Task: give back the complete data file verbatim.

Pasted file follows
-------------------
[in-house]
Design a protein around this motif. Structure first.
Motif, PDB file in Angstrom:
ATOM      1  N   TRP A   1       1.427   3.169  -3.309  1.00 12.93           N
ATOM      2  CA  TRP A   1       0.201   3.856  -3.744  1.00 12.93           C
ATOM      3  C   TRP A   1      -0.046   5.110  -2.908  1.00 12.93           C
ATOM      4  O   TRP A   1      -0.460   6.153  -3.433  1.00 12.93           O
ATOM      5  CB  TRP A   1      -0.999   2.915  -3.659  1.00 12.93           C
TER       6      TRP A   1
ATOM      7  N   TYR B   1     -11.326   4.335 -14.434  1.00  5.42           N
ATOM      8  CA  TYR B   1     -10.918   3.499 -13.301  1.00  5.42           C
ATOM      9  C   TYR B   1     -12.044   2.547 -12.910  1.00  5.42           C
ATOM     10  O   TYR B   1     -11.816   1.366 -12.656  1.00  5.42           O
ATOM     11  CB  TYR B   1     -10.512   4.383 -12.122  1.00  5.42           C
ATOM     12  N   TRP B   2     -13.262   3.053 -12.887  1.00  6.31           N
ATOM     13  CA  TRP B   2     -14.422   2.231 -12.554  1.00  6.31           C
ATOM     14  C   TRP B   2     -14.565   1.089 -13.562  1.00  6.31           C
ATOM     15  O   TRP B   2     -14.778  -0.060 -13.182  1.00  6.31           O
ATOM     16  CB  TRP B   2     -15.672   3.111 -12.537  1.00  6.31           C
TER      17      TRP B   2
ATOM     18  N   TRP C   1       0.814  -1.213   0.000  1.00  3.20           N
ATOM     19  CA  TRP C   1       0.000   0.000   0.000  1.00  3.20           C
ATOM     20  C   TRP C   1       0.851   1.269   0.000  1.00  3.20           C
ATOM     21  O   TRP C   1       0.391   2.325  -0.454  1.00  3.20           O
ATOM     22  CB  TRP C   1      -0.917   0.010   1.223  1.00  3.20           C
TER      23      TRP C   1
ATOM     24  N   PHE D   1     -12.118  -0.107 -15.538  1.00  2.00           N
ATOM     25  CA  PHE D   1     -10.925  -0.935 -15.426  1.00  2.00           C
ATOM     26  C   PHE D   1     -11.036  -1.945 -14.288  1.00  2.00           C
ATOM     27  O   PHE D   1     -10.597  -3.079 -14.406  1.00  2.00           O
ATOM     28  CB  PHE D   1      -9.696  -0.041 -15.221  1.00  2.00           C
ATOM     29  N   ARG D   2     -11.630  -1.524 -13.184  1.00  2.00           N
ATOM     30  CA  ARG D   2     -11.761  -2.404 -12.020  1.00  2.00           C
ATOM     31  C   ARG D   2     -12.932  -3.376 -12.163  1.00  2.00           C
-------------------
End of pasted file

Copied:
[in-house]
Design a protein around this motif. Structure first.
Motif, PDB file in Angstrom:
ATOM      1  N   TRP A   1       1.427   3.169  -3.309  1.00 12.93           N
ATOM      2  CA  TRP A   1       0.201   3.856  -3.744  1.00 12.93           C
ATOM      3  C   TRP A   1      -0.046   5.110  -2.908  1.00 12.93           C
ATOM      4  O   TRP A   1      -0.460   6.153  -3.433  1.00 12.93           O
ATOM      5  CB  TRP A   1      -0.999   2.915  -3.659  1.00 12.93           C
TER       6      TRP A   1
ATOM      7  N   TYR B   1     -11.326   4.335 -14.434  1.00  5.42           N
ATOM      8  CA  TYR B   1     -10.918   3.499 -13.301  1.00  5.42           C
ATOM      9  C   TYR B   1     -12.044   2.547 -12.910  1.00  5.42           C
ATOM     10  O   TYR B   1     -11.816   1.366 -12.656  1.00  5.42           O
ATOM     11  CB  TYR B   1     -10.512   4.383 -12.122  1.00  5.42           C
ATOM     12  N   TRP B   2     -13.262   3.053 -12.887  1.00  6.31           N
ATOM     13  CA  TRP B   2     -14.422   2.231 -12.554  1.00  6.31           C
ATOM     14  C   TRP B   2     -14.565   1.089 -13.562  1.00  6.31           C
ATOM     15  O   TRP B   2     -14.778  -0.060 -13.182  1.00  6.31           O
ATOM     16  CB  TRP B   2     -15.672   3.111 -12.537  1.00  6.31           C
TER      17      TRP B   2
ATOM     18  N   TRP C   1       0.814  -1.213   0.000  1.00  3.20           N
ATOM     19  CA  TRP C   1       0.000   0.000   0.000  1.00  3.20           C
ATOM     20  C   TRP C   1       0.851   1.269   0.000  1.00  3.20           C
ATOM     21  O   TRP C   1       0.391   2.325  -0.454  1.00  3.20           O
ATOM     22  CB  TRP C   1      -0.917   0.010   1.223  1.00  3.20           C
TER      23      TRP C   1
ATOM     24  N   PHE D   1     -12.118  -0.107 -15.538  1.00  2.00           N
ATOM     25  CA  PHE D   1     -10.925  -0.935 -15.426  1.00  2.00           C
ATOM     26  C   PHE D   1     -11.036  -1.945 -14.288  1.00  2.00           C
ATOM     27  O   PHE D   1     -10.597  -3.079 -14.406  1.00  2.00           O
ATOM     28  CB  PHE D   1      -9.696  -0.041 -15.221  1.00  2.00           C
ATOM     29  N   ARG D   2     -11.630  -1.524 -13.184  1.00  2.00           N
ATOM     30  CA  ARG D   2     -11.761  -2.404 -12.020  1.00  2.00           C
ATOM     31  C   ARG D   2     -12.932  -3.376 -12.163  1.00  2.00           C